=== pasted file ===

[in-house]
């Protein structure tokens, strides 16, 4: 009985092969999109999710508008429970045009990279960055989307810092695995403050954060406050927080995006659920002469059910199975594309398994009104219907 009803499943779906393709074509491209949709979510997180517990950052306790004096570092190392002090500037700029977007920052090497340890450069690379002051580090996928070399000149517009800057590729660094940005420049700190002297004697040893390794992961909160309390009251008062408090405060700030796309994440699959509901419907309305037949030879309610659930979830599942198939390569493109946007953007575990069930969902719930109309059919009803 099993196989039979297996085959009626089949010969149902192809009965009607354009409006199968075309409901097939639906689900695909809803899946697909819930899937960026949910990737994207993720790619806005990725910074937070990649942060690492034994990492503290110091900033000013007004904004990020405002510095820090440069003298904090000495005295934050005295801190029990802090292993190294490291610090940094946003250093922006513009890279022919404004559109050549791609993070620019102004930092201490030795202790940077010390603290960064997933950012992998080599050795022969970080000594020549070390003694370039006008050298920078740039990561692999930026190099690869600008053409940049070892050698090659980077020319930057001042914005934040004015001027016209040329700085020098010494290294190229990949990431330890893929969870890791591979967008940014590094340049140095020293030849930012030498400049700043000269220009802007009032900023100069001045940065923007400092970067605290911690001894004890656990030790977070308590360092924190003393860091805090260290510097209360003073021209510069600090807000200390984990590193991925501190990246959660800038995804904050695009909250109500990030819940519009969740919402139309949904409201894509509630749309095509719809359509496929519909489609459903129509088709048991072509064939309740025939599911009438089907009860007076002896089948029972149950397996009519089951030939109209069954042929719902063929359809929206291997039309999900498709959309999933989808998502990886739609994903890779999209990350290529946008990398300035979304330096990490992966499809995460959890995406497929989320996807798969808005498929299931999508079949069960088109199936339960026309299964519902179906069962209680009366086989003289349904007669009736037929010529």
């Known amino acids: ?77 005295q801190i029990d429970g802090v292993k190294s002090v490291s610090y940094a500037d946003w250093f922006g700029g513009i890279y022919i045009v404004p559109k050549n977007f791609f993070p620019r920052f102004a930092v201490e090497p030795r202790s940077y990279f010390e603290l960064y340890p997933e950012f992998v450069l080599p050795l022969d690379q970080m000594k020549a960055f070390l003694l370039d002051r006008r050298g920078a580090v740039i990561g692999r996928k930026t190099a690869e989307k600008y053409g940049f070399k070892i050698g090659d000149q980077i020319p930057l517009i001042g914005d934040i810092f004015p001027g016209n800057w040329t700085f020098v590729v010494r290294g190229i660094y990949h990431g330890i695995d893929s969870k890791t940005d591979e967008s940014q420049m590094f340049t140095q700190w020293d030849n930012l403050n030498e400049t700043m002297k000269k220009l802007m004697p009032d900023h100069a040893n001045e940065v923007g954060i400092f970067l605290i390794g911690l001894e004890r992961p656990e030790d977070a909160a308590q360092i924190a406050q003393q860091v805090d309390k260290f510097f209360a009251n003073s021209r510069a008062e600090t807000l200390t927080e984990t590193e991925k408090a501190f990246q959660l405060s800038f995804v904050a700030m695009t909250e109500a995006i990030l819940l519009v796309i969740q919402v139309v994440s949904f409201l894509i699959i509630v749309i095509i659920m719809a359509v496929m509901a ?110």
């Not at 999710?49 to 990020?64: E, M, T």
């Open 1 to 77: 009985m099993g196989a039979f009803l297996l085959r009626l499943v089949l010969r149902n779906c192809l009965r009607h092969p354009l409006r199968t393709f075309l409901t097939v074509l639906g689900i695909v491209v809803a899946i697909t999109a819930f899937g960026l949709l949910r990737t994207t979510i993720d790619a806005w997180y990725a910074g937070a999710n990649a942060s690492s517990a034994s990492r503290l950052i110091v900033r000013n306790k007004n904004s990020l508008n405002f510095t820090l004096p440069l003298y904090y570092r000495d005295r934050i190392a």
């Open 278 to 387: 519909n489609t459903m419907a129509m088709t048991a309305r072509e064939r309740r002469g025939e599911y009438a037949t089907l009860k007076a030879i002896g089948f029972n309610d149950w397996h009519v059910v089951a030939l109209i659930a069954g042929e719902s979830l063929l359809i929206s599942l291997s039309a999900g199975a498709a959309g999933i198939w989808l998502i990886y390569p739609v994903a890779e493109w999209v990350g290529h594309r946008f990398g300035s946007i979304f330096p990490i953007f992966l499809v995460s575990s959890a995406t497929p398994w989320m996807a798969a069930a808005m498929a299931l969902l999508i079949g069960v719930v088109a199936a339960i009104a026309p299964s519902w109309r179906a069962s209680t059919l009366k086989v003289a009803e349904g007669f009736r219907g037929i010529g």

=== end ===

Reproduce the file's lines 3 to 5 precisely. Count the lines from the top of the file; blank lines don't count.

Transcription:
């Known amino acids: ?77 005295q801190i029990d429970g802090v292993k190294s002090v490291s610090y940094a500037d946003w250093f922006g700029g513009i890279y022919i045009v404004p559109k050549n977007f791609f993070p620019r920052f102004a930092v201490e090497p030795r202790s940077y990279f010390e603290l960064y340890p997933e950012f992998v450069l080599p050795l022969d690379q970080m000594k020549a960055f070390l003694l370039d002051r006008r050298g920078a580090v740039i990561g692999r996928k930026t190099a690869e989307k600008y053409g940049f070399k070892i050698g090659d000149q980077i020319p930057l517009i001042g914005d934040i810092f004015p001027g016209n800057w040329t700085f020098v590729v010494r290294g190229i660094y990949h990431g330890i695995d893929s969870k890791t940005d591979e967008s940014q420049m590094f340049t140095q700190w020293d030849n930012l403050n030498e400049t700043m002297k000269k220009l802007m004697p009032d900023h100069a040893n001045e940065v923007g954060i400092f970067l605290i390794g911690l001894e004890r992961p656990e030790d977070a909160a308590q360092i924190a406050q003393q860091v805090d309390k260290f510097f209360a009251n003073s021209r510069a008062e600090t807000l200390t927080e984990t590193e991925k408090a501190f990246q959660l405060s800038f995804v904050a700030m695009t909250e109500a995006i990030l819940l519009v796309i969740q919402v139309v994440s949904f409201l894509i699959i509630v749309i095509i659920m719809a359509v496929m509901a ?110």
């Not at 999710?49 to 990020?64: E, M, T």
């Open 1 to 77: 009985m099993g196989a039979f009803l297996l085959r009626l499943v089949l010969r149902n779906c192809l009965r009607h092969p354009l409006r199968t393709f075309l409901t097939v074509l639906g689900i695909v491209v809803a899946i697909t999109a819930f899937g960026l949709l949910r990737t994207t979510i993720d790619a806005w997180y990725a910074g937070a999710n990649a942060s690492s517990a034994s990492r503290l950052i110091v900033r000013n306790k007004n904004s990020l508008n405002f510095t820090l004096p440069l003298y904090y570092r000495d005295r934050i190392a």